A “perfect film” is hard to define but easy to call. Some movies have a level of grace that makes them feel as though they were extracted directly from the ether: Annie Hall, The Texas Chain Saw Massacre, Shanghai Express, Vivre Sa Vie, In a Year with 13 Moons, Heathers, Amarcord, Zoolander. There’s no way to prepare for a perfect movie and no “logical way” there. Sometimes it’s just construction and writing (Heathers, Texas Chain Saw, Zoolander), personal crises coming to a head in a work made very quickly and flamingly from the heart (Vivre Sa Vie, 13 Moons), sometimes a sense that the film itself belongs to some higher and rarefied plane of reality (Amarcord, Annie Hall, Shanghai Express). All of these films are classics in one way or another, either canonized by the mainstream or ever alive as initiation rights for kids and teenagers. I’ve no idea why Louis Malle’s Atlantic City, from 1980, isn’t more well-known.
Atlantic City is a perfect movie. There isn’t a single other work of Malle’s that comes close, in France or Hollywood. Pretty Baby, from 1978, is a lousy-looking period piece, and 1982’s My Dinner with Andre is a very good but much less ambitious film than 1980’s Atlantic City. This is an instance of everything coming together beautifully: Burt Lancaster is fantastic and has a real character to play, unlike Henry Fonda in On Golden Pond from the same year (that swept the Oscars, and Atlantic City won nothing). In the dying days of old Atlantic City, before massive casino development, Malle filmed a story of people all dying in their own way, either rotting in bed, serving oysters at a casino, running petty scams, playing poker all day and night with the windows covered and the coke on its way.
Besides being a moving story about an older man falling in love with a younger woman—who he watches from his window wash herself with lemons, “to get the fish smell out,” every night—set against the demolition of the city and the bleak weather of the boardwalk, nothing in Atlantic City happens as expected. Malle’s film is a conventional narrative film, and it follows conventional movie rules, up to a point: Sarandon’s ex-husband (Robert Joy) is an annoying, arrogant, incompetent criminal who shows up at the beginning and makes himself known—this guy is going to be with us for the entire movie. No: he’s killed at the end of a chase sequence about 40 minutes in. Not only is that a bizarre time to kill your main antagonist, it comes at the end of a chase and fight that leads you to believe that he won’t die. To the same point, Lancaster is cornered by the same goons who murdered Joy, and simply blasts them away with a pistol he started carrying. No consequences, clean break.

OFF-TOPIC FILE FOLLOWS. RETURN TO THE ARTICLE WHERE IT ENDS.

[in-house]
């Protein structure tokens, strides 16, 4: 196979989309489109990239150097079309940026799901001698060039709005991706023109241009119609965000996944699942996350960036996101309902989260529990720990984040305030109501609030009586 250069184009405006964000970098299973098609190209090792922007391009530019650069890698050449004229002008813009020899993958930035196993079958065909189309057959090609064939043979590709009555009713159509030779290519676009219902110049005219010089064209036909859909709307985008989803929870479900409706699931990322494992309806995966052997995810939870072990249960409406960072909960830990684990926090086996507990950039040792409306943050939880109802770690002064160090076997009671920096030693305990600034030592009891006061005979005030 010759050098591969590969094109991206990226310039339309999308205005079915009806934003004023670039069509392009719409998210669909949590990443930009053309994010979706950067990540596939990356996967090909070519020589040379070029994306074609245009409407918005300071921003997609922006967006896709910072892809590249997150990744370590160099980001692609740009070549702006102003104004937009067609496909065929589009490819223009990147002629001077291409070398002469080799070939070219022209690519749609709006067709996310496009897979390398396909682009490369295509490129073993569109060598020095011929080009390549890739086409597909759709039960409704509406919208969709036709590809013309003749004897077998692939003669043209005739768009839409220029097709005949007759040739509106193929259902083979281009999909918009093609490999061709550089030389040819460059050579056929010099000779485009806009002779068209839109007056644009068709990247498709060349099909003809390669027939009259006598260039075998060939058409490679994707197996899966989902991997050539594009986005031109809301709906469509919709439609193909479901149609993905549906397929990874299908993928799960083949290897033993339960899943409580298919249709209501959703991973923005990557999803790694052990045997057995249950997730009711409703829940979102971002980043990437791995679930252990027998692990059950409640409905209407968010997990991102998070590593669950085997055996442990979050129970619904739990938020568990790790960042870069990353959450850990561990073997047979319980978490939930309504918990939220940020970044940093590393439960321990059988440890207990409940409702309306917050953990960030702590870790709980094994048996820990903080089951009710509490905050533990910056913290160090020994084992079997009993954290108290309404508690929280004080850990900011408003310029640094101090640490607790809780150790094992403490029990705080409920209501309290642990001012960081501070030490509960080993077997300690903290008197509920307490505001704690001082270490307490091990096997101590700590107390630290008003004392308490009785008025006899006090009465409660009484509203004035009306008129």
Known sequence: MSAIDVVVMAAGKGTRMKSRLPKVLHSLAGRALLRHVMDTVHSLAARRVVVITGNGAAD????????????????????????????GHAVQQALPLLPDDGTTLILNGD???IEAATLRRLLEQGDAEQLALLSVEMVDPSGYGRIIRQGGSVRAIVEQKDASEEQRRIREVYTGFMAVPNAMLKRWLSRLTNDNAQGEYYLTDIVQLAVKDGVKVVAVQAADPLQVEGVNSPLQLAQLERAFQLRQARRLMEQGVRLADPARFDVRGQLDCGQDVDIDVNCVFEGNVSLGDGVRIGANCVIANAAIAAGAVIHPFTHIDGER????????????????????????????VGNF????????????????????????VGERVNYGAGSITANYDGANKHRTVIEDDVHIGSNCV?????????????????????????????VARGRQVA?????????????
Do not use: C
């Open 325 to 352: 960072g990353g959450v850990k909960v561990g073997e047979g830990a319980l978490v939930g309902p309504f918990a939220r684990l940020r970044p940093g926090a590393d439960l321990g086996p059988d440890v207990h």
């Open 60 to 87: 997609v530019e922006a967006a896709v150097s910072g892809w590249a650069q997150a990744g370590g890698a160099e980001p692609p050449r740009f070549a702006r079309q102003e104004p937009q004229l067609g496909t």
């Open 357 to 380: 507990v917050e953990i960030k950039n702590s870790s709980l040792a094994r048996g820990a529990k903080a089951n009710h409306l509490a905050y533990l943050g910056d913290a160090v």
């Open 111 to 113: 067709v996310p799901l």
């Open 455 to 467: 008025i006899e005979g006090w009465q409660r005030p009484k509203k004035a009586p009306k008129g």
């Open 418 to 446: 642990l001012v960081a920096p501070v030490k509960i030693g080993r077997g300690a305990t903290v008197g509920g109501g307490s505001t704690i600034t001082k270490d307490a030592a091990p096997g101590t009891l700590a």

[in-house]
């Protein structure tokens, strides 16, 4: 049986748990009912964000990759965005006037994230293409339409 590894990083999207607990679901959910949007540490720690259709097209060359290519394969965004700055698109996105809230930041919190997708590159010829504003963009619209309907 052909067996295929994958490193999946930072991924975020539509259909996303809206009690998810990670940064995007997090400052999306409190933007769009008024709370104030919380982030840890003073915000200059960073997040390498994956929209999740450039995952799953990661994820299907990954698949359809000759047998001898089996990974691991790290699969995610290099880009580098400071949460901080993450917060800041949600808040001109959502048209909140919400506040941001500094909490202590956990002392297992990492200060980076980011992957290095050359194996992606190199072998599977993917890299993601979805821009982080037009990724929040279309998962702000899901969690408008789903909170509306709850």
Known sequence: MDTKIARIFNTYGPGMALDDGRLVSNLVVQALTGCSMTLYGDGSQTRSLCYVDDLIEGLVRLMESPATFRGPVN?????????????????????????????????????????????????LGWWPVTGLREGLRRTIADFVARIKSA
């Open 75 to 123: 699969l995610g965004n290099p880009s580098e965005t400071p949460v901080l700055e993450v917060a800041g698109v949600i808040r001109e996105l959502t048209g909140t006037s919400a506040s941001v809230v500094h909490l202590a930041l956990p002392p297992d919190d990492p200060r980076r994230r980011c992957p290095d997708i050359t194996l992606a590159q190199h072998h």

Freed of conventional plot devices, Atlantic City can move forward with real unpredictability, lending a real freshness to an otherwise typical drama. By the looks of the 24/7 poker game guys, you just know they’re gonna get violent at some point, or get themselves killed. Never: by the end, they’re comic relief and a welcome sight for sore eyes. No one you care about dies, and everything works out for everyone—except Sarandon’s sister, who was carrying Sarandon’s ex-husband’s child. Although we see her doing new age exercises with Lancaster’s shut-in sugar mommy, her storyline is never resolved, and judging by the last shot of Lancaster and Kate Reid walking on the pier, it seems like the movie just forgot about the sister—until the camera pans up towards their building and the credits begin to roll. Just like so much being destroyed and swept away, the sister doesn’t even get a goodbye.
The movie looks gorgeous, with cinematography by Richard Ciupka that feels like a mix of Woody Allen’s two most consistent collaborators: Gordon Willis and Carlo Di Palma. Atlantic City isn’t lit starkly or in shadow like Willis, but shots of Sarandon washing herself in lemon are resplendent, recalling the opening scenes of The Godfather Part III, all orange-gold and inky blacks. Along with beautiful static compositions and shot sequences like this, many scenes play out in long takes that use unobtrusive dollies and zooms to reframe rather than “explore” in a more blatant way like a Robert Altman movie. Too often, Di Palma’s move-and-zoom style makes some of Allen’s movies feel sillier and more minor than they should be, but here Ciupka knows exactly when to make the most of the environment and simple good luck and timing (that final shot of Sarandon driving off and the sunset behind her!).
Atlantic City offers the most nuanced and complicated role for a legendary “older actor” that I’ve ever seen. Lancaster’s Lou plays most of the movie like Lancaster’s strong, stoic men of few words he played throughout his career—and it’s not until the very end that we realize how pathetic he actually is, talking about how he wants to go down to Florida to “show off” Sarandon and let the boys know how he “turned out.” Until then, he’s been a benevolent guardian angel, and here he’s undermined brutally. This is reality, and part of what makes Atlantic City a perfect movie: this is a drama you’ve seen a million times, one that sets itself up as a movie with movie rules, one which doesn’t abandon them entirely, but continues to tweak them the entire time. The film isn’t an anarchic assault on audience expectations or a slightly unconventional movie. John Guare’s script is simply one of the best-written screenplays of the 1980s, all the more powerful for taking the most familiar story in the world and making it enormously moving and shocking minute to minute. Atlantic City is a miracle of the medium.
—Follow Nicky Smith on Twitter: @nickyotissmith